The magnificent Cummins has helped the Aussie attack edge arch-rivals England with the 26-year-old scorching every chart in the period. No other bowler, including spinners, has picked up as many wickets as Cummins and he has earned every bit of his No1 ICC ranking.
Topping the wicket-taking charts for two Ashes series in a row is a testament to Cummins’ prowess, though he doesn’t have a bad supporting cast either in the form of Starc and Hazlewood.
Starc and Hazlewood have had their injury woes during the period and their stats have suffered for it ever so slightly. Still, the Aussie bowling attack would not be one any team wants to face, especially with the hugely talented James Pattinson lying in reserve. New faces like Jhye Richardson and Michael Neser are knocking on the doors, too and as such, there is no dearth of pace options for the Aussies.
ENGLAND – RANK 4
James Anderson: Wickets – 69, Average – 23.63, Strike-rate – 59.4
Stuart Broad: Wickets – 79, Average – 27.96, Strike-rate – 58
Jofra Archer: Wickets – 22, Average – 20.27, Strike-rate – 42.5
Ben Stokes: Wickets – 40, Average – 29.8, Strike-rate – 54.1
Chris Woakes: Wickets – 38, Average – 32.21, Strike-rate – 61.2
When it comes to depth and experience, England’s pace attack is up there with any side in the world as veteran James Anderson still leads the line at 37. The all-time leading wicket-taker among pacers has had his injury troubles of late but his performances over the last two years have still been formidable.
He and Broad have been sharing new-ball duties for England for the greater part of a decade and the latter still remains a potent force despite his advancing age. To complement the veterans, Archer has emerged as one of the most exciting pacers in Test cricket with the Barbados man making quite the statement in his debut Ashes series.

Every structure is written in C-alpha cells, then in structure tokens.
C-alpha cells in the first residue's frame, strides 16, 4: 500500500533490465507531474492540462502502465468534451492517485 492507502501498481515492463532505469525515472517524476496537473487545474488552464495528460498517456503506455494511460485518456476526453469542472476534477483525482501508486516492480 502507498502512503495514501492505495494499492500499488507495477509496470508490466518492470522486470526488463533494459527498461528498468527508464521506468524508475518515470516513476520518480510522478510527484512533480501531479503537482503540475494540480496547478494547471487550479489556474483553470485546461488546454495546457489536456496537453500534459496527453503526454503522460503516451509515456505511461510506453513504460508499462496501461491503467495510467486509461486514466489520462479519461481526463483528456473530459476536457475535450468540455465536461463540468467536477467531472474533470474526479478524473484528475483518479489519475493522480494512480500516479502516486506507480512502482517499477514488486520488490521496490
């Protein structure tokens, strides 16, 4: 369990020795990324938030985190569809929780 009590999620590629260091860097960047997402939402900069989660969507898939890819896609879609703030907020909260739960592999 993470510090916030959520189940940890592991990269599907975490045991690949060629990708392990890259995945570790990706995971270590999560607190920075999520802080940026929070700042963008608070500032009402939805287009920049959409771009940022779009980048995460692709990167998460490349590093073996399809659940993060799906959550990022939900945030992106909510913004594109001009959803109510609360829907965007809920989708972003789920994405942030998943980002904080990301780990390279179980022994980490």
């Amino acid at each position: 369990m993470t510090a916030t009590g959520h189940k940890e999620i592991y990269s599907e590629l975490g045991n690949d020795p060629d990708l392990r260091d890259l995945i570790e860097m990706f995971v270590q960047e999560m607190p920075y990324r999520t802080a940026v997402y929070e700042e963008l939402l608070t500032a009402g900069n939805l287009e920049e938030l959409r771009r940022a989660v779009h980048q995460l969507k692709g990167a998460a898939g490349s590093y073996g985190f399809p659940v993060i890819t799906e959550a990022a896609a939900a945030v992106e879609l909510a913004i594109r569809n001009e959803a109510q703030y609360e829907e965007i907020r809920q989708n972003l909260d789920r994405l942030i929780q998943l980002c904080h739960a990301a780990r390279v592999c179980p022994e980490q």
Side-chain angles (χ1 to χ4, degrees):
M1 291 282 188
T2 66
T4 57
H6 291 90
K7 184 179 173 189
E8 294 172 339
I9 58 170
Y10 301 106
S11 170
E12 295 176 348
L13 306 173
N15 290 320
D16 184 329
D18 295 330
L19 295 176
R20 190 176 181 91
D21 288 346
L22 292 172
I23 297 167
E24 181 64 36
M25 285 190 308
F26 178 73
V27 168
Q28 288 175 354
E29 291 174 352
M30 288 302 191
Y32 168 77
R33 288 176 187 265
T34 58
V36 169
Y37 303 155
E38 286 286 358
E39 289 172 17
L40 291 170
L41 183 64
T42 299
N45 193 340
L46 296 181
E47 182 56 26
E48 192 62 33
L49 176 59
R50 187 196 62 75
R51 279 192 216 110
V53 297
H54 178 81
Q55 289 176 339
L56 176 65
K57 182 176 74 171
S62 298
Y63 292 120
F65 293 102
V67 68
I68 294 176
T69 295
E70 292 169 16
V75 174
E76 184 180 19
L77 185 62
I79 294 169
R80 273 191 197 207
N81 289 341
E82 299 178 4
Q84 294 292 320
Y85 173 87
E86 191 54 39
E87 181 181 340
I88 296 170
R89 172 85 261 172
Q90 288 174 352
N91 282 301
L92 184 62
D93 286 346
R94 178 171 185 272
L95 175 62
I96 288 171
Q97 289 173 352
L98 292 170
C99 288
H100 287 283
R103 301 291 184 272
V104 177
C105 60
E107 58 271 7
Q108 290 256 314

Then, there are the likes of Stokes and Woakes who can perform the duties of a third/fourth pacer with distinction. England’s upcoming match-up with New Zealand should make for some exhilarating action.
SOUTH AFRICA – RANK 5
Kagiso Rabada: Wickets – 81, Average – 22.21, Strike-rate – 40.8
Vernon Philander: Wickets – 45, Average – 21.04, Strike-rate – 51.7
Duanne Olivier: Wickets – 31, Average – 17.12, Strike-rate – 26.09
Morne Morkel (r): Wickets – 33, Average – 17.78, Strike-rate – 37
The numbers South Africa’s fast bowlers have put up in the two-year period would normally see them ranked much higher. However, the sample size of some of their bowlers remains too small while big Morne Morkel has since retired from the international game.
In Rabada, the Proteas have the No2 ranked bowler in the world while the experienced Philander is arguably the most deadly seamer in the business when the conditions are suitable. Rabada’s numbers are up there with the very best but injuries have reduced the impact of Philander in the same period.
Since Morkel’s retirement, Olivier has made an electric start to life in Test cricket but the fast-bowler needs more time to prove he isn’t just a flash in the pan. There is Lungi Ngidi and Anrich Nortje behind them in the pecking order, so the strength in depth is definitely there.